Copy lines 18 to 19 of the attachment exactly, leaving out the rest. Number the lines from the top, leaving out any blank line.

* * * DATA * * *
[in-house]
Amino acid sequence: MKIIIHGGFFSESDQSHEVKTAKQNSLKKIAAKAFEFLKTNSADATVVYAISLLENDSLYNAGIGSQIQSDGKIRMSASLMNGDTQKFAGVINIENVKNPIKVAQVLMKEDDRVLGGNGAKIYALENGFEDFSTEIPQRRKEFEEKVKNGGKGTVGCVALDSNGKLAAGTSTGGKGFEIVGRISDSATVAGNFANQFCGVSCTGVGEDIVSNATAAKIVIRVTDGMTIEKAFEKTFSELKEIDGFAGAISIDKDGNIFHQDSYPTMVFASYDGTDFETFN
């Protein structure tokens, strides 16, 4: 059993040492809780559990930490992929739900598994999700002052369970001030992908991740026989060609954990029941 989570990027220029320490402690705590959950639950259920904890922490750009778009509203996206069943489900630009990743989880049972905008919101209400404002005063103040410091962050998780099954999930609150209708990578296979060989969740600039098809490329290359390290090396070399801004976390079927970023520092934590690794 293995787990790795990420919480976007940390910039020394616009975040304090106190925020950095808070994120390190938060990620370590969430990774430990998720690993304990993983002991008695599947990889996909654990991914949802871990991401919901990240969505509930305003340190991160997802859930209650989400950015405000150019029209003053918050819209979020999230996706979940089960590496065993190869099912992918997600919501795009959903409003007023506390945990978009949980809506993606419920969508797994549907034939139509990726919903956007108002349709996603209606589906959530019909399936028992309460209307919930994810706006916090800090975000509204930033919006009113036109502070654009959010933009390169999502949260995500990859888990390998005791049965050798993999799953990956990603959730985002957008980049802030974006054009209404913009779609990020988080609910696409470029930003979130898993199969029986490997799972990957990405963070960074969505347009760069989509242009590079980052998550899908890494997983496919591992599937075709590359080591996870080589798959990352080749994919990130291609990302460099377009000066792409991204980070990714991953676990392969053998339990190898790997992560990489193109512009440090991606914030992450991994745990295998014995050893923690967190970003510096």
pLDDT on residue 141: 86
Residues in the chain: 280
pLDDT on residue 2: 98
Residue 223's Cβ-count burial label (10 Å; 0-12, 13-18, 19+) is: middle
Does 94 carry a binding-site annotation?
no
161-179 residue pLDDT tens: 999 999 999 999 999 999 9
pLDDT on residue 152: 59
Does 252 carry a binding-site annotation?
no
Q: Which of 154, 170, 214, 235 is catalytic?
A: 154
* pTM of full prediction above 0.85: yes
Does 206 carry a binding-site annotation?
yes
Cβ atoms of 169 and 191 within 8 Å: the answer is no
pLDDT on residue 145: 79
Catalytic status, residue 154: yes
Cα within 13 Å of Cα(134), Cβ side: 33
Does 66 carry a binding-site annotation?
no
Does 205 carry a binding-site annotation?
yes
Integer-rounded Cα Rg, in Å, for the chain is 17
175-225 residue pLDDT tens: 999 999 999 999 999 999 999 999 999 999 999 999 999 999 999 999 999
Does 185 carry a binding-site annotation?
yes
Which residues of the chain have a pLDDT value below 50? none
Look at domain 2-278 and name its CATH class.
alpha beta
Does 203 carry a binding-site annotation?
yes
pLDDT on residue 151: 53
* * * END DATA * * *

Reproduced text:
yes
Cβ atoms of 169 and 191 within 8 Å: the answer is no